An inquiry into the sufficiency of a cause of action based upon due process is necessarily bifurcated, however. Even if a Plaintiff has alleged facts sufficient to show deprivation of a property or liberty interest, if she was afforded all the process which the Constitution requires, then she has not stated a cause of action. See DiLuigi v. Mier, 430 F. Supp. 1098, 1101 (M.D.Pa.1977). The Constitution, rather than state law, defines what process is due once a deprivation of property or liberty has been demonstrated. See Bishop v. Wood, 426 U.S. 341, 96 S. Ct. 2074, 48 L. Ed. 2d 684 (1976). Bagby received a notice that she would be suspended along with a statement of the reasons for the action taken. She was notified that she had a right of appeal under certain sections of the Civil Service Act. Defendants address only the question of the sufficiency of the appeals procedure and do not raise the issue of whether the failure to afford Bagby a pre-suspension hearing violated her right to due process. The Court would point out, without now deciding, that in certain situations a presuspension hearing, or at least an opportunity to confer with the suspending official, might be required. See e.g., Thurston v. Dekle, 531 F.2d 1264, 1273 (5th Cir. 1976); Muscare v. Quinn, 520 F.2d 1212 (7th Cir. 1975). Even were Plaintiff to concede that an emergency situation requiring immediate suspension pending investigation existed in this case, in order to minimize the risk of improper action some process other than that afforded to Bagby may have been due.
Bagby's primary challenge, and the subject of Defendants' motion, is that the procedures provided by the Civil Service Act are not adequate to satisfy due process. Under the Act, there are two ways in which a person in the Civil Service may request a hearing. Any regular employee in the Civil Service may request a hearing if he has been permanently separated, suspended for cause, furloughed or demoted, on the ground that such action has been taken in violation of other provisions of the Civil Service Act. Any other person aggrieved by an alleged violation of § 905.1 of the Act, Act of August 27, 1963, P.L. 1257, § 25, 71 Pa.Stat.Ann. § 741.905a, may appeal to the commission for a hearing. Act of August 27, 1973, P.L. 1257, § 27, 71 Pa.Stat.Ann. §§ 741.951(a) & 951(b). § 905.1 provides that no officer or employee of the Commonwealth shall discriminate against any person in employment, retention, or any other personnel action with respect to the classified service because of political or religious affiliations, labor union affiliations, race, national origin, or other "nonmerit factors." Bagby attempted to appeal her suspension to the Commission through § 951(a) and was refused a hearing on the ground that she was not a regular employee. Defendants state that had she asked for a § 951(b) hearing one would have been afforded her. They argue that the word "discriminate" in § 905.1 does not carry its usual connotation but provides a basis for any probationary employee to request an appeal to the Civil Service Commission. Because that is the Commission's interpretation of the word, Defendants argue, it must be accepted by the Court.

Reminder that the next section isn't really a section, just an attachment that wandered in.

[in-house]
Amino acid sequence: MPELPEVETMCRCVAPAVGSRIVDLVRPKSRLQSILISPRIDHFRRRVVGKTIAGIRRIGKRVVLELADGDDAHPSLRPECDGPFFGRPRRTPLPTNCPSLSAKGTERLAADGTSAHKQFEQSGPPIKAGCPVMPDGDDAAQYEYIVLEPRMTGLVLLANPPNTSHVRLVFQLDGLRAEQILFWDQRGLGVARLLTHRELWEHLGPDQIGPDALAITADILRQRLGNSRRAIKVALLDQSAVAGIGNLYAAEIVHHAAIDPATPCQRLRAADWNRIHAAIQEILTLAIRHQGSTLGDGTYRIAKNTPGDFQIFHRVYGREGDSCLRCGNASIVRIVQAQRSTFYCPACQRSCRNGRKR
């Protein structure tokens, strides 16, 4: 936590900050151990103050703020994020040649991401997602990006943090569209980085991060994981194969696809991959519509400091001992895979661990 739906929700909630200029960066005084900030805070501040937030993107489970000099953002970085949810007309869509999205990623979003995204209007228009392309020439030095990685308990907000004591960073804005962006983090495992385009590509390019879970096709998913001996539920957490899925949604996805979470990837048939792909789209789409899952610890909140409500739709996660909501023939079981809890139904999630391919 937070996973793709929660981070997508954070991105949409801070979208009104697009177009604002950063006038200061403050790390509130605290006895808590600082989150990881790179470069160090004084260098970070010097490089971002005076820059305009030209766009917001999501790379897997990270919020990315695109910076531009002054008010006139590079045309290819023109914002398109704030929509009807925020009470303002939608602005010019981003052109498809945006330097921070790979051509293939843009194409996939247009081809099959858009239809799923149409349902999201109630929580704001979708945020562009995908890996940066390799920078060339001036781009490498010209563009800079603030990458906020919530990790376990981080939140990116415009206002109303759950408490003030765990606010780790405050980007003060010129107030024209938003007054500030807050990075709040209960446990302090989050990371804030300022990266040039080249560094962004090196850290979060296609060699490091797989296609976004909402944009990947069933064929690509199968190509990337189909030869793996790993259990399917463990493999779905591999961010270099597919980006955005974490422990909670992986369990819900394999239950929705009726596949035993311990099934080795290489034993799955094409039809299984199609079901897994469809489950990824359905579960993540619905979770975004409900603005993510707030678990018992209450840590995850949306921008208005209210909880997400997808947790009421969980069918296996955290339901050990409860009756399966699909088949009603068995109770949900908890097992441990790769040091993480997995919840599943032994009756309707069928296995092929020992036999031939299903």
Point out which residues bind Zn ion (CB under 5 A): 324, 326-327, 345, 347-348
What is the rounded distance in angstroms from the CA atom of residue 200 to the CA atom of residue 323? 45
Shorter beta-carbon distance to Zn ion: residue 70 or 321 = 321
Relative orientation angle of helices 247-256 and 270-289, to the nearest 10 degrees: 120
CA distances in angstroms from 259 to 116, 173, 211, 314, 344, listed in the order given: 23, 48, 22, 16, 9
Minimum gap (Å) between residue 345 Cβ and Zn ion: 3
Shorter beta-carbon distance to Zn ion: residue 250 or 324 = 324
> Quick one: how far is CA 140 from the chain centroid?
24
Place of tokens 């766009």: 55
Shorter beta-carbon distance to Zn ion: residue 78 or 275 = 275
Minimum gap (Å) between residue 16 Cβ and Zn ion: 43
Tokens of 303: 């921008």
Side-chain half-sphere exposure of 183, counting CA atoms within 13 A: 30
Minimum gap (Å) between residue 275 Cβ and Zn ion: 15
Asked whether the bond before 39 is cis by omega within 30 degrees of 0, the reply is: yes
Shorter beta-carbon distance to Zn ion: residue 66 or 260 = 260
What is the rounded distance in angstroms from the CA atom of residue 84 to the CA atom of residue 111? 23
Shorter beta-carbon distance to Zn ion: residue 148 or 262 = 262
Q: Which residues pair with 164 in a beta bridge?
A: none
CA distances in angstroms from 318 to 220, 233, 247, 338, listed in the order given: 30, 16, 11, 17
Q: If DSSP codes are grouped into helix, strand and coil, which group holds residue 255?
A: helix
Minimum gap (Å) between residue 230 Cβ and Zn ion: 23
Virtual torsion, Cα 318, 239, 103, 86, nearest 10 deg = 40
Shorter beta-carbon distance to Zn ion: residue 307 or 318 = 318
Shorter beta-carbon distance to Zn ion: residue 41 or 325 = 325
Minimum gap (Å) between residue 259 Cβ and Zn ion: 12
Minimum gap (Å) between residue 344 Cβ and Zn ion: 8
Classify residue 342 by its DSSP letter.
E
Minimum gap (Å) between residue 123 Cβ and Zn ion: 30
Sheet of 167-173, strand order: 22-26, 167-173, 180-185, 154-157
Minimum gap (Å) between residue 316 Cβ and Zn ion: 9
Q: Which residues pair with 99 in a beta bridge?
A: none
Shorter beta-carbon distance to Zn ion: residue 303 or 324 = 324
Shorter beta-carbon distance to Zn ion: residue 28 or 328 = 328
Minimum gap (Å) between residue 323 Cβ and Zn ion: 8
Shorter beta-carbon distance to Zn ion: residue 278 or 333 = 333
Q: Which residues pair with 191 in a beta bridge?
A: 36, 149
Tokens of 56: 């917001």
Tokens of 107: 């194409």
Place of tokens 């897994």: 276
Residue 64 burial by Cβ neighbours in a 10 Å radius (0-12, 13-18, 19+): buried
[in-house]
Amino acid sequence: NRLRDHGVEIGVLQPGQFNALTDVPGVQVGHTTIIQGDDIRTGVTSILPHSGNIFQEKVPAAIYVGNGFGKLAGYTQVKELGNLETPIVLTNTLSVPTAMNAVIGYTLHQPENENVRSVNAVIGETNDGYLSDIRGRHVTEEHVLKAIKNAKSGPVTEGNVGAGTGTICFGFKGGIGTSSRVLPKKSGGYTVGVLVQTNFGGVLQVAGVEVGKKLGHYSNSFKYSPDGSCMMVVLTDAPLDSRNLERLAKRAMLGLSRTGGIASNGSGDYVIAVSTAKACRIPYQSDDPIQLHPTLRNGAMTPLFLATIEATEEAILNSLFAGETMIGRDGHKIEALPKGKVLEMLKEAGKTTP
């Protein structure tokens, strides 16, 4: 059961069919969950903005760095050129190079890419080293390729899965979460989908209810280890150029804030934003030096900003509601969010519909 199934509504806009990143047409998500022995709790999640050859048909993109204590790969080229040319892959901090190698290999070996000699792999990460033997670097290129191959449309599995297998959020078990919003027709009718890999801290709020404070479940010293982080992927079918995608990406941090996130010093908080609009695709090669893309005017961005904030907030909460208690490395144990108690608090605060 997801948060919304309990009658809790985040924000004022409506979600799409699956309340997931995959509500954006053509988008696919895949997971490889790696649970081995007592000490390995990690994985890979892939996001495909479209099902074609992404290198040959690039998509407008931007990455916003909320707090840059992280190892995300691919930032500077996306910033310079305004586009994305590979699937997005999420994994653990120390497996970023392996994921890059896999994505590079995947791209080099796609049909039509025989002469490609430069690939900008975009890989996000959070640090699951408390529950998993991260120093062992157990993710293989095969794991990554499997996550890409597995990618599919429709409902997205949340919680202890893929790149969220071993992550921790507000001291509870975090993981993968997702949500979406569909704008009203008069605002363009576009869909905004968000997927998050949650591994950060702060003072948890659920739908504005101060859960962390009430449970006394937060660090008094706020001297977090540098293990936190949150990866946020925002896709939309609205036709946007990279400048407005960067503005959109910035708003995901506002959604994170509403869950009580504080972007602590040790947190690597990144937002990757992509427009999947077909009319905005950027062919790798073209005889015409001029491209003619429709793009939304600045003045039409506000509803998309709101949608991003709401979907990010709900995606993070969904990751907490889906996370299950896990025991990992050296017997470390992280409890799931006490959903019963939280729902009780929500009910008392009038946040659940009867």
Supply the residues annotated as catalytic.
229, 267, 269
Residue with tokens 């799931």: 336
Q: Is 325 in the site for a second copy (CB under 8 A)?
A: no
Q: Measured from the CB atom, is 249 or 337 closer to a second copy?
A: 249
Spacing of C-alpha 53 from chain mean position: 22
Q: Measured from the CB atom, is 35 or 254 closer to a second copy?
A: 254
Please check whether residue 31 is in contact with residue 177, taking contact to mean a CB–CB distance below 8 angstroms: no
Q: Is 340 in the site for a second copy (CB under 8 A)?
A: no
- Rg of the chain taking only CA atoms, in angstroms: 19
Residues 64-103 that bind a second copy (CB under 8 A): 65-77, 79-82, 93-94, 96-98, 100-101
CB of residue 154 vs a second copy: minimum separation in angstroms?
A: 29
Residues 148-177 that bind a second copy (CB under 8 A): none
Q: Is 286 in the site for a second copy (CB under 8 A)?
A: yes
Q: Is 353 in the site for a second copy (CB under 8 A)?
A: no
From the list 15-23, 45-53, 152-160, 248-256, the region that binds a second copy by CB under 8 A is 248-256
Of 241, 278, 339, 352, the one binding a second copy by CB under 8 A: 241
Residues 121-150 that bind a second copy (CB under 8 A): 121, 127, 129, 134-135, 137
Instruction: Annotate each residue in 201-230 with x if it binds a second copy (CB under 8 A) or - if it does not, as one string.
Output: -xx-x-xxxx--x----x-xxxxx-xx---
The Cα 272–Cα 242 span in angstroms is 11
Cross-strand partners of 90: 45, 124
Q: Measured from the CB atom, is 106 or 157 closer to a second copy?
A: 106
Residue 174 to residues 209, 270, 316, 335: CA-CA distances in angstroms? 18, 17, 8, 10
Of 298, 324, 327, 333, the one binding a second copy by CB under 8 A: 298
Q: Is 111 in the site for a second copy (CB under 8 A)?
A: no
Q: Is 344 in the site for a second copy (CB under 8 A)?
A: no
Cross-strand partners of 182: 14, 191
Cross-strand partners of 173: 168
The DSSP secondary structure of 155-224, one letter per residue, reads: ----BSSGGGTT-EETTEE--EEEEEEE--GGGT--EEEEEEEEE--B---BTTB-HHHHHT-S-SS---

The Court is not convinced that the plain meaning of the Civil Service Act is to provide a hearing to any probationary employee who is suspended for factors which do not normally constitute "discrimination." Bagby states in her brief that she did not appeal under § 951(b) because she did not believe that she had been treated differently from other persons similarly situated. Defendants' argument that if the charges levied against Bagby were untrue, then her suspension was necessarily for "non-merit factors," is not convincing. The reasons for Bagby's suspension clearly were related to her performance of her duties as a licensed practical nurse at South Mountain. She wished to appeal her suspension for what she considered to be merit factors under § 951(a). Pennsylvania courts have held that a probationary employee is entitled to challenge his dismissal by substantiating a claim of discrimination. "If the complainant cannot sustain his allegations of discrimination, then his dismissal must stand without any right of the appeal as to the validity of the determination of unsatisfactory work performance." Hunter v. Jones, 417 Pa. 372, 379, 207 A.2d 784, 788-89 (1965) (emphasis added). See also Cunningham v. Pennsylvania State Civil Service Commission, 17 Pa.Cmwlth. 375, 332 A.2d 839 (1975). A reasonable lay person, upon reading the statutory provisions, could easily conclude that an appeal of a suspension based upon performance of job-related duties could not be had under § 951(b) and that the only recourse was to seek appeal of the suspension under § 951(a). Due process necessarily includes a reasonable opportunity to be heard, including a statutory scheme which is intelligible to persons affected by it. See, e.g., Nitzberg v. Parks, 525 F.2d 378 (4th Cir. 1975) (Mr. Justice Clark, retired, sitting as Circuit Judge). Without such intelligibility, a person such as Bagby would be unable to ascertain that she had an opportunity for a hearing under any particular section. Therefore, because no pre-suspension ...